By eliminating the most common cause of traffic accidents - humans, and introducing autonomous vehicles into traffic, the number of accidents and deaths is expected to decrease. However, these vehicles also represent a completely different type of risk for drivers, passengers and pedestrians.
Autonomous vehicles are artificial intelligence systems that use machine learning techniques to collect, analyze and transfer data, all in order to be able to make the decisions that people make in conventional cars.
However, as zimo.dnevnik.hr writes, like any other IT system, artificial intelligence is also susceptible to cyber, hacker attacks that can jeopardize the proper functioning of vehicles and cause major traffic problems.
What's more, you don't have to be a hacker or an IT expert to streamline the operation of autonomous vehicles - this would be enough to make this happen: add paint to roads to fool navigation or put a sticker on traffic signs, say Stop, to prevent it is recognized by the artificial intelligence system (AI), are just some examples of such possible attacks.
Such situations can lead the AI system to misclassify objects, and that is why it starts behaving dangerously in traffic.
Autonomous vehicle AI systems work constantly to recognize traffic signs, then other vehicles, as well as to assess their speed in order to plan further travel. If we omit unintentional threats, such as sudden failures, these systems are vulnerable to international attacks that have the specific goal of disrupting AI systems and disrupting traffic safety functions.
A new report by the European Union's Cybersecurity Agency (ENISA) and the Research Center (JRC), the European Commission's science and knowledge service, points to cybersecurity risks associated with the introduction of artificial intelligence in autonomous vehicles and makes recommendations on how to avoid them.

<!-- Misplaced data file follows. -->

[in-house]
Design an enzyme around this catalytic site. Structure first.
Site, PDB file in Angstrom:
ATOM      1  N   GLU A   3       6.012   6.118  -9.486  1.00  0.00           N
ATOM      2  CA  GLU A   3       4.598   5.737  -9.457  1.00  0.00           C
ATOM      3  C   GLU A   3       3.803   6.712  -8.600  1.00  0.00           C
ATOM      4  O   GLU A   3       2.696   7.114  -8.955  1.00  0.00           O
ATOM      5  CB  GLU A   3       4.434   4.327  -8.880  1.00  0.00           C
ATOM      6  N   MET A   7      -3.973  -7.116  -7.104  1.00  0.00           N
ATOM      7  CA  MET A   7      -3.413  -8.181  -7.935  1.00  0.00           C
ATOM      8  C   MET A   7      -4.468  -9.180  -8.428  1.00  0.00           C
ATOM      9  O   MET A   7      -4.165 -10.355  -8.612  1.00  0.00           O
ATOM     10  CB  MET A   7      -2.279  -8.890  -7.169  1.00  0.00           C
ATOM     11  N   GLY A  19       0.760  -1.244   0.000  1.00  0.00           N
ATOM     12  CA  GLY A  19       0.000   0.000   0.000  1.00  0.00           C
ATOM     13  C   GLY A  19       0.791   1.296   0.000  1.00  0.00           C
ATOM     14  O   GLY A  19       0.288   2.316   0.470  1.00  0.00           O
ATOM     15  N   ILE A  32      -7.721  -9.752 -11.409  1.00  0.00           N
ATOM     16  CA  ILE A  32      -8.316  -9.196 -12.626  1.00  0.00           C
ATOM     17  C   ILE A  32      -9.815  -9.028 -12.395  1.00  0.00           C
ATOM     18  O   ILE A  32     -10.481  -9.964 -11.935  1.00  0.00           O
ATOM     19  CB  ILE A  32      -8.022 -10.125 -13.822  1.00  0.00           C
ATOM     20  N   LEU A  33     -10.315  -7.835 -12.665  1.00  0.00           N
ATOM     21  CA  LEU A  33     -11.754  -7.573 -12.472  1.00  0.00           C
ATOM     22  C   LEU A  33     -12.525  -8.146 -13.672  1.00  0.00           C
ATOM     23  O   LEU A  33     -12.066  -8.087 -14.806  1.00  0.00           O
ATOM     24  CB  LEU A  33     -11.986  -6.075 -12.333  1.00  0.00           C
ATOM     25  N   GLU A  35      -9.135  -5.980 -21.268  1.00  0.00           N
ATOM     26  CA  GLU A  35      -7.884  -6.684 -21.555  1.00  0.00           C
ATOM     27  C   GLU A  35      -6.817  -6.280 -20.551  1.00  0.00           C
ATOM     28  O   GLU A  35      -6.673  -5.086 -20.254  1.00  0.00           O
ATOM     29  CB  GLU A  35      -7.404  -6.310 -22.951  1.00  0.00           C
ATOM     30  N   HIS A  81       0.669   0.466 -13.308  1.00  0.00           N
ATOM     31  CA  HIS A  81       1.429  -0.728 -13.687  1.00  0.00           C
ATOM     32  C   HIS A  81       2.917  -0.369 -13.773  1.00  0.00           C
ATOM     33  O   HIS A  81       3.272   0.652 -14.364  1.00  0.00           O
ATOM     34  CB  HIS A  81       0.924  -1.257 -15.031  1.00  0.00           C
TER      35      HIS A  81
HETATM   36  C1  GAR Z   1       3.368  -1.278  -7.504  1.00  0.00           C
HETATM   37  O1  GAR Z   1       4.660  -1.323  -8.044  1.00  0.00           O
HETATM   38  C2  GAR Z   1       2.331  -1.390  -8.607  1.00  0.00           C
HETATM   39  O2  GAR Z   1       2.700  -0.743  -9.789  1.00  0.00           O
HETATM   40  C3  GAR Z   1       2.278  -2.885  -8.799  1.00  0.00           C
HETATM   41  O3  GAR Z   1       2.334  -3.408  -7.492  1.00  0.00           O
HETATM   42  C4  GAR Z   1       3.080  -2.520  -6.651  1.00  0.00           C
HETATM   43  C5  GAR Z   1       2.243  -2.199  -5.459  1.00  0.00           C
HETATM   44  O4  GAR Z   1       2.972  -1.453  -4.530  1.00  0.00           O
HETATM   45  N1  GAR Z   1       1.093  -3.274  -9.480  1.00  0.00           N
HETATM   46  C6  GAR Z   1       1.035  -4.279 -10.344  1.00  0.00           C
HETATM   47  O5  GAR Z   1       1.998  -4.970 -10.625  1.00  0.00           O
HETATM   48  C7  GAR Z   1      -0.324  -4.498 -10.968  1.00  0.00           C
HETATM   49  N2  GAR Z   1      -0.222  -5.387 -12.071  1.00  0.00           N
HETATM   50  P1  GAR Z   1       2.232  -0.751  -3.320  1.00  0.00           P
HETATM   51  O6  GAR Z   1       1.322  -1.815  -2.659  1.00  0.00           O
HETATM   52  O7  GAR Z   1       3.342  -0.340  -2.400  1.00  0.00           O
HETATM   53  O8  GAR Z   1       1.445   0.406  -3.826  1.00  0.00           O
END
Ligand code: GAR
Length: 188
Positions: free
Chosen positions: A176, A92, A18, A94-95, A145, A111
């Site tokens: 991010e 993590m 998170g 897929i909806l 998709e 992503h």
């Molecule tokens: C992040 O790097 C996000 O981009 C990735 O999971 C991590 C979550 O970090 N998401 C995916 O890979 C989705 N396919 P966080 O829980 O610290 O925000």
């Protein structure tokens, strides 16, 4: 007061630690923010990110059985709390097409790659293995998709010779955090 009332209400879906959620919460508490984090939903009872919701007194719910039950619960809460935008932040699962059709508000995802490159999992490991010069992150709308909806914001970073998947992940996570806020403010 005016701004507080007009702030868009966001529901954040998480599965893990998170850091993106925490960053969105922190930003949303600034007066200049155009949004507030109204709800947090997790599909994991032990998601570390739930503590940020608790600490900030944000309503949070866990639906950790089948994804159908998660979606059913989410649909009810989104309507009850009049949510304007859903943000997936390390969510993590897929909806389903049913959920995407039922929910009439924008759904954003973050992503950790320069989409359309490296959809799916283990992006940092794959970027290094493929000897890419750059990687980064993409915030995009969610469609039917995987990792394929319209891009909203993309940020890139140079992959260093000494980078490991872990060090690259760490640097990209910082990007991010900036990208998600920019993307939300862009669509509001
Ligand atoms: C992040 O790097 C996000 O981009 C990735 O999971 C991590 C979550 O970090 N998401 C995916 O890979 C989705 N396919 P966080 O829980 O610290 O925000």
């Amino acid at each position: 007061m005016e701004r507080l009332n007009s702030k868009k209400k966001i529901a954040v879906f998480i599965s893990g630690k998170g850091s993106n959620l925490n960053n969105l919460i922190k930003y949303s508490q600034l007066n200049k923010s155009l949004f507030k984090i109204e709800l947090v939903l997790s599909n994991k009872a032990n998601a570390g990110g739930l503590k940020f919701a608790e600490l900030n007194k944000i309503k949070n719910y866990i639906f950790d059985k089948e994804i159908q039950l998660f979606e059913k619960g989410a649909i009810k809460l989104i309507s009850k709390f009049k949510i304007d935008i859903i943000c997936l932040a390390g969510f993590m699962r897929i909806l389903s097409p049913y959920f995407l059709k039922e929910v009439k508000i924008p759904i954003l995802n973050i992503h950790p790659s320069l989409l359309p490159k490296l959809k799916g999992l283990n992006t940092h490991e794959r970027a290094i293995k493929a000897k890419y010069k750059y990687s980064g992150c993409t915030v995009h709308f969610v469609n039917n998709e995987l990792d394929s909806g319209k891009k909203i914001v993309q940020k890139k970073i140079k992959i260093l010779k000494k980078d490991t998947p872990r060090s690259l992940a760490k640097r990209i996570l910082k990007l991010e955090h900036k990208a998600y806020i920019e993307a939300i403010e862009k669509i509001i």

When an endangered autonomous vehicle crosses the border of a member of the European Union, its vulnerabilities also cross the border. Safety in that sense should not be a subsequent thought, but a precondition for the reliable release of vehicles on European roads, points out Juhan Lepassaar, Executive Director of ENISA. It is also important that European laws ensure that the benefits of autonomous driving do not jeopardize safety risks.
How can this be prevented
The report also makes several recommendations on how to improve the AI safety of autonomous vehicles.
One of these recommendations is to regularly check AI components throughout their lifetime. Systematic verification of AI models and data is key to ensuring that the vehicle always functions properly when faced with unexpected situations or a malicious attack.
The second recommendation says that continuous risk assessments should be conducted with the help of threat intelligence, which would enable the identification of potential AI risks and the emergence of new threats related to the introduction of artificial intelligence in autonomous driving.
Adequate AI safety policy and AI safety culture should govern the overall supply chain in the automotive industry.
The automotive industry should also embrace a new approach to design for the development and use of AI functionality, where cybersecurity would become a central element of digital design from the outset.
Finally, it is important for the automotive sector to raise its preparedness level and further strengthen incident response capabilities, so that they can cope with the emergence of cybersecurity problems associated with artificial intelligence.